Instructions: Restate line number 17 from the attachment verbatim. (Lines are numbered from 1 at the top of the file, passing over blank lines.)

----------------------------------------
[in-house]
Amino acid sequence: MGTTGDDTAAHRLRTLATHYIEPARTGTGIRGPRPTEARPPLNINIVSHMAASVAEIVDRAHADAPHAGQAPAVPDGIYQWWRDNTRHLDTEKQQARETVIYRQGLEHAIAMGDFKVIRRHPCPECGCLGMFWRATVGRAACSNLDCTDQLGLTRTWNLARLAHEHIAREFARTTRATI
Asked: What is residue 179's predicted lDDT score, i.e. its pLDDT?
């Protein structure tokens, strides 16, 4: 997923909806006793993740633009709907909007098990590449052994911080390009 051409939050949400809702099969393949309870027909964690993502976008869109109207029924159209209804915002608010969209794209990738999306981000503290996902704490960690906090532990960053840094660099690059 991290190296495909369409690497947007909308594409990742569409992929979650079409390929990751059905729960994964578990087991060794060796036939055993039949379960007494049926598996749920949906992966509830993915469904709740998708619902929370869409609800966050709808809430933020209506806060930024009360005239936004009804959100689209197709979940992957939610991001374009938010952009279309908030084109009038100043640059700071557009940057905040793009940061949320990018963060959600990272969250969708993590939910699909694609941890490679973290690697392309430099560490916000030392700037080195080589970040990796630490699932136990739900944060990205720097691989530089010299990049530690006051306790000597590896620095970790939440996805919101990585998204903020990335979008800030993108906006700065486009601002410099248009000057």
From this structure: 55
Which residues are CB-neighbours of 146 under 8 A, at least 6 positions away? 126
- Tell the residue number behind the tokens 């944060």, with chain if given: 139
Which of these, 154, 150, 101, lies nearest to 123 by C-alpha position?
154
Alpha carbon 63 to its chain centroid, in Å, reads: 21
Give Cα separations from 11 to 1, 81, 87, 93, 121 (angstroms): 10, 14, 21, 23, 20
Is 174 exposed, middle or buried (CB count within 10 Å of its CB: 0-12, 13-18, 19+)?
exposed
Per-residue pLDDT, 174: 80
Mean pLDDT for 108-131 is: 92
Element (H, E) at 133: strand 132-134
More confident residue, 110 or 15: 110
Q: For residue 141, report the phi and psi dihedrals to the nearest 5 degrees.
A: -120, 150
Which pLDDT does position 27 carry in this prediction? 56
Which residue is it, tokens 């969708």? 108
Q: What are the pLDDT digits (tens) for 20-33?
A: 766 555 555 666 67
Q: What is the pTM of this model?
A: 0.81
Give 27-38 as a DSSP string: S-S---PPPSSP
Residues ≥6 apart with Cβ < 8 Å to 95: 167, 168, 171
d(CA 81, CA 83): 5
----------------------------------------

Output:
More confident residue, 110 or 15: 110